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18 June 2014
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Legacies - Shropshire

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Shropshire
Roman baths at Wroxeter
© Paul Highnam

Fancy a dip?

Viroconium Cornoviorum, or as it was later known, Wroxeter, was established as a Roman Legionary Fortress around AD 58. It was built to support military campaigns into Northern and Central Wales where there were valuable mineral resources of silver, lead and iron. The fortress covered over 78 hectares, and 6000 men and several hundred horses were stationed there, attracting both outside traders and locals to sell food and other services. As a result the settlement grew to become the fourth-largest in Roman Britain.

Roman culture placed a great deal of emphasis on public bathing, both for hygienic reasons and as an important social focus, making it a priority to build public baths at such a major site. The remains of these baths give a significant insight into Roman life.

Plan of the Roman baths at Wroxeter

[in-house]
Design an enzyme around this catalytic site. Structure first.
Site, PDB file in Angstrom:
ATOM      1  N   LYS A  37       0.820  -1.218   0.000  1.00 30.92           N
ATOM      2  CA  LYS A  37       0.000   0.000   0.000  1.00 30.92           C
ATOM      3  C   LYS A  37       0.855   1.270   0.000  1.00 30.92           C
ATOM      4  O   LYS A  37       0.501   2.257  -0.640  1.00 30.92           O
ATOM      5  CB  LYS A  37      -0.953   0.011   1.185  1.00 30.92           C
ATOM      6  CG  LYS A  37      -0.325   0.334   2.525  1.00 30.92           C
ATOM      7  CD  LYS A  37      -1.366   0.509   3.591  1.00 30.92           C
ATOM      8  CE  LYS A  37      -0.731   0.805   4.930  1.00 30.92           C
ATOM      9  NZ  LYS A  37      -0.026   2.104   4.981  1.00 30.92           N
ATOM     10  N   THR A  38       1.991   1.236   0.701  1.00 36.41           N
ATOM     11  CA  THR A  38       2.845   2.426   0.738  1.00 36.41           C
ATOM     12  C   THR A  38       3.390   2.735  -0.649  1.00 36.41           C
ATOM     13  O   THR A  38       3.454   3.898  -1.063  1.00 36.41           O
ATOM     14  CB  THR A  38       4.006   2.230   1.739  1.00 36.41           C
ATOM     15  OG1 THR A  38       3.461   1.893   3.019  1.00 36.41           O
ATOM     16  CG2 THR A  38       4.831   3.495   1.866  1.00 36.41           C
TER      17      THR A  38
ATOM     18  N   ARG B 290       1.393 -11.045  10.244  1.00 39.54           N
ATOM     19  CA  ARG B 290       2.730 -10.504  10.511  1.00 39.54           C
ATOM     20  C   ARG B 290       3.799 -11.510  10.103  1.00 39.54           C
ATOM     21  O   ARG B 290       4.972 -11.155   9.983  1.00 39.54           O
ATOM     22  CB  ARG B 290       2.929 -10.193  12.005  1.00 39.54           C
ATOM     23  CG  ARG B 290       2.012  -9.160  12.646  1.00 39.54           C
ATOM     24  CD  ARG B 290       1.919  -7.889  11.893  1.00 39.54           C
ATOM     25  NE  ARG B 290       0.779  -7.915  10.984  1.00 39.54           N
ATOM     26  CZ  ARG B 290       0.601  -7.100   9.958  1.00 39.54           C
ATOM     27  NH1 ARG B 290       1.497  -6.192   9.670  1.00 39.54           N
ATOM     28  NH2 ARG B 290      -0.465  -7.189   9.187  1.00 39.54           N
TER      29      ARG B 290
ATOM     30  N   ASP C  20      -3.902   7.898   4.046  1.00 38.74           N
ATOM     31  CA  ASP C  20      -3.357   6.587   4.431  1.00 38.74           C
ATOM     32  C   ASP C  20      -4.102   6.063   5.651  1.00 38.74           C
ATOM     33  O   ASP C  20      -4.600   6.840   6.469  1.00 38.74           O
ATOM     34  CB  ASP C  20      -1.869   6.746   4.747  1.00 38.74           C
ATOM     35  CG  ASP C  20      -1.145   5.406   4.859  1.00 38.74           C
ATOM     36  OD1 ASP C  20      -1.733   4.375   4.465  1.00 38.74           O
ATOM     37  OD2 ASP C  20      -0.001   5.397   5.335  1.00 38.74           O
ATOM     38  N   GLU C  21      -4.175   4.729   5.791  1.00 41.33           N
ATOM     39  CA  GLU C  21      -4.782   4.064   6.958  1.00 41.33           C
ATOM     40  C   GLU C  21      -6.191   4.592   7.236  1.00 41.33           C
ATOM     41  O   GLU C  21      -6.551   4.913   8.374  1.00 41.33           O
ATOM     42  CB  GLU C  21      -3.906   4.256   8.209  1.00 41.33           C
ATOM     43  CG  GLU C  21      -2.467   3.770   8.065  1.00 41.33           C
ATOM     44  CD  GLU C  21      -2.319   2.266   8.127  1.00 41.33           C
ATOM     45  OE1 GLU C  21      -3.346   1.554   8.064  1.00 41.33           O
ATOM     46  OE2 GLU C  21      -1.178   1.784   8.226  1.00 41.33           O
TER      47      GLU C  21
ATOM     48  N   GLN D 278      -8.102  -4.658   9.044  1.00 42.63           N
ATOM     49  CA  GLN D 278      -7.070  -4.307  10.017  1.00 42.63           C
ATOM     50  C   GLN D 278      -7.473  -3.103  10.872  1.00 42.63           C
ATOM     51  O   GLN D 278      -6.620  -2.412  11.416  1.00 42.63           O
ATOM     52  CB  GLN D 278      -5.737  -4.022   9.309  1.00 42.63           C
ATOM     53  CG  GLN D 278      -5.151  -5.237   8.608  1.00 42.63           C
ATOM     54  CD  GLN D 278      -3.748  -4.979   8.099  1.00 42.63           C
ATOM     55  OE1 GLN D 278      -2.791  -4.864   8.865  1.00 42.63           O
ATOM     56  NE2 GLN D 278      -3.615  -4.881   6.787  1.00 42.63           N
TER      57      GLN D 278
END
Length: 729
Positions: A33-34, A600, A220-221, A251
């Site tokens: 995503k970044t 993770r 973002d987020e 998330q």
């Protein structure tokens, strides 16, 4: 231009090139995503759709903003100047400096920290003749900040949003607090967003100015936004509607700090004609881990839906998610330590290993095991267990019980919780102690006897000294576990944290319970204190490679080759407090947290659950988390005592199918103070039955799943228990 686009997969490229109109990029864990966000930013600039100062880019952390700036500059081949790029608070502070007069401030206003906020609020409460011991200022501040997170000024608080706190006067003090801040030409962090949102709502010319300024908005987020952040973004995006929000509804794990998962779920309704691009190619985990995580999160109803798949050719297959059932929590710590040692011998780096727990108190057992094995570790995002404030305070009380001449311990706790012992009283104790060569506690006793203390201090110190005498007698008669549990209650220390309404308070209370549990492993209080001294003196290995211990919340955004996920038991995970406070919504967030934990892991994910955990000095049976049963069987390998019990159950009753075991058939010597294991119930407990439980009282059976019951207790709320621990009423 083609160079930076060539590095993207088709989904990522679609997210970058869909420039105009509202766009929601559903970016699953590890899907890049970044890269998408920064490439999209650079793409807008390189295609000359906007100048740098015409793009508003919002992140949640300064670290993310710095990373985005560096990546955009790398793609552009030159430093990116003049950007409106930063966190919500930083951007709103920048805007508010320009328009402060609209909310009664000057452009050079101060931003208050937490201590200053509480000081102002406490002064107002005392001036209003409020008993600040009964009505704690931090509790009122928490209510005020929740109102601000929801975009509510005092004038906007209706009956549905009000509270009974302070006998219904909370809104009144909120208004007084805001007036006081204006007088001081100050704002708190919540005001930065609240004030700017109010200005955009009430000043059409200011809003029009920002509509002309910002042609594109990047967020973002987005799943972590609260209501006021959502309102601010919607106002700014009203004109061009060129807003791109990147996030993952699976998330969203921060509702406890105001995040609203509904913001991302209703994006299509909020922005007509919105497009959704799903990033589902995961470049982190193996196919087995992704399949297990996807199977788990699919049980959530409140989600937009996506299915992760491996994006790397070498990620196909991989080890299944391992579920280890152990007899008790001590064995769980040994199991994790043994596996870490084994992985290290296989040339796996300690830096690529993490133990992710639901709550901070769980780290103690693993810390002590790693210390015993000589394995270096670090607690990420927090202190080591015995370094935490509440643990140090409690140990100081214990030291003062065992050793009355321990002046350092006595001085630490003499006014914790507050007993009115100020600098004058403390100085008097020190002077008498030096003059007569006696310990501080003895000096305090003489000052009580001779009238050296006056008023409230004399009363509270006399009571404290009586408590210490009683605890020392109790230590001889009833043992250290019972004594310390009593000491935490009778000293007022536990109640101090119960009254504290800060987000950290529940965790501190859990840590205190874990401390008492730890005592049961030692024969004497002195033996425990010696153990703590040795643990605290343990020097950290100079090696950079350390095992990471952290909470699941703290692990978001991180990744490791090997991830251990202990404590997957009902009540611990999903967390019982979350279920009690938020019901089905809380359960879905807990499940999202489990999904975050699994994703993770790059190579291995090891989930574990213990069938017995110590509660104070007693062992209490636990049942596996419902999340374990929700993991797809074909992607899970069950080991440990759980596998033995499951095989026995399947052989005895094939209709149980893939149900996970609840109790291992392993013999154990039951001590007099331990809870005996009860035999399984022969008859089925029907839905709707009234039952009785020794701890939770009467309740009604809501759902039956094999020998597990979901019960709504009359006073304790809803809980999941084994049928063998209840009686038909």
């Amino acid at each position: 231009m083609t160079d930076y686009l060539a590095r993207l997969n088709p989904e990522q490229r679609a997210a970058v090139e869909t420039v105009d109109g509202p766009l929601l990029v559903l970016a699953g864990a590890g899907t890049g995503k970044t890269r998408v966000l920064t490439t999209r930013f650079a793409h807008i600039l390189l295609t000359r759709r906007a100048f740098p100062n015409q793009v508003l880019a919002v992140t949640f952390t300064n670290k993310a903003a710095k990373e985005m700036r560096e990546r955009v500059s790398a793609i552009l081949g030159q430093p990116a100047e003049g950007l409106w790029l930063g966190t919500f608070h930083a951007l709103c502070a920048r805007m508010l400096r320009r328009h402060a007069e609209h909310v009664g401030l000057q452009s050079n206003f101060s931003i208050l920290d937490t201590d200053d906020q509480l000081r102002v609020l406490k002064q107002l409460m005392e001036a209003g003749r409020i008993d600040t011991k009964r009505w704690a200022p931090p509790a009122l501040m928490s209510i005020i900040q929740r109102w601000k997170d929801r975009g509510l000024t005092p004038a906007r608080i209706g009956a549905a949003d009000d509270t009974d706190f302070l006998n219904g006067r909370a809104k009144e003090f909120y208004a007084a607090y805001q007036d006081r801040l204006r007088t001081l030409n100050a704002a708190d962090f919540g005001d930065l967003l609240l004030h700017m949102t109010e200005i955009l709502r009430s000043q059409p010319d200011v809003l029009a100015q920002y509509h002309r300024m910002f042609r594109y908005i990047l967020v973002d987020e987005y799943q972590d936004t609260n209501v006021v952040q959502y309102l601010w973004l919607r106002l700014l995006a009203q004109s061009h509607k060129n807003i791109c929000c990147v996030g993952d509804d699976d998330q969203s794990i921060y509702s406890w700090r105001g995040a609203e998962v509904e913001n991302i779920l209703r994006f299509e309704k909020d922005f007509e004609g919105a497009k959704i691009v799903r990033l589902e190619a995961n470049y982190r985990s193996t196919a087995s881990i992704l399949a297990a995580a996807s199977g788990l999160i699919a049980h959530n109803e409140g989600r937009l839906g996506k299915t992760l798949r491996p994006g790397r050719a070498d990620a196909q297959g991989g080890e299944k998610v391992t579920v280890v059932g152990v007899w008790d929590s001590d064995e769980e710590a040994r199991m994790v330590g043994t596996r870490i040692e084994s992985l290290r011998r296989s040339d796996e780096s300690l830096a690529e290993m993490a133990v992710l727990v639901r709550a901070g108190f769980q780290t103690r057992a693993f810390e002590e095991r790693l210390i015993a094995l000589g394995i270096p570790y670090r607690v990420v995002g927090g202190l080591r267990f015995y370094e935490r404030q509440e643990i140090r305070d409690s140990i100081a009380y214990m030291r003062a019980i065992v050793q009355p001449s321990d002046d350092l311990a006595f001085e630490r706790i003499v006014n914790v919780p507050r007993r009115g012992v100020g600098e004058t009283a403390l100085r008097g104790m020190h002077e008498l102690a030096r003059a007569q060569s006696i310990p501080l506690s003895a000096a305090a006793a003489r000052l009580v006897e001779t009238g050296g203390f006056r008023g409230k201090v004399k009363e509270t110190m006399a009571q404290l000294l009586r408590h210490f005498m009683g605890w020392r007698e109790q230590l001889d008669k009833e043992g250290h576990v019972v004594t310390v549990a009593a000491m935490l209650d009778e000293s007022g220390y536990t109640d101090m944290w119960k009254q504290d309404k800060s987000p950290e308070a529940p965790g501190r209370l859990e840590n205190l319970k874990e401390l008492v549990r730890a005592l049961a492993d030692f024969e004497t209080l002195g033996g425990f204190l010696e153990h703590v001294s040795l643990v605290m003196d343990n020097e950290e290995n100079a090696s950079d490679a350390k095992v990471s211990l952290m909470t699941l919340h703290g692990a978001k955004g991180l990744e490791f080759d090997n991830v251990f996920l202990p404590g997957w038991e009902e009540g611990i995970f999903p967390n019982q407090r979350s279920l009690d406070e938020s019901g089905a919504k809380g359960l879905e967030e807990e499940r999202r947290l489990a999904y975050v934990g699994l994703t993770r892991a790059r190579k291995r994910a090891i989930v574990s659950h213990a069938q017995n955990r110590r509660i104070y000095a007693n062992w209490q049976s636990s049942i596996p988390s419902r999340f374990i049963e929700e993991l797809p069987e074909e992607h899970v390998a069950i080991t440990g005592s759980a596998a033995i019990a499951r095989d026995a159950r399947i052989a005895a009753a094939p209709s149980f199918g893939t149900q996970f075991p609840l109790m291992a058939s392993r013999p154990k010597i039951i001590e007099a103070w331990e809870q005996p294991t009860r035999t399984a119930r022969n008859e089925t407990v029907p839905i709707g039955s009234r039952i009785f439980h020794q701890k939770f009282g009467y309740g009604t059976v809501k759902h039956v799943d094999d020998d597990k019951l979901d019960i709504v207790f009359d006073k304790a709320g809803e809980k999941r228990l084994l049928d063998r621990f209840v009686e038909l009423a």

Today, if we get a chance to linger in a bath, we are usually happy soaking for half an hour or so. But when Roman legionaries were not too busy conquering, they would more often than not be found in the baths, wallowing for anything up to a day. The 6000 Roman troops who had established themselves in the city of Wroxeter were no different.

The baths opened only during daylight hours, allowing for emptying and refilling at least once a day, essential when so many people shared and dirtied the same water. Although wealthy Romans did have private baths at home, public baths would have been frequented by all. It was a truly communal experience shared by every stratum of Roman society. Mixed bathing was not generally acceptable, but with prohibition orders often being issued, it would seem that this was not always adhered to.

The baths were very noisy places. Bathers could be found gossiping, eating snacks, playing sports and, of course, getting clean. The shrieks from hair pluckers' customers, the slapping of masseurs and the occasional splashes echoed around the tiled floors and mosaic-clad walls. They were undoubtedly places of leisure and pleasure rather than wells of purity.


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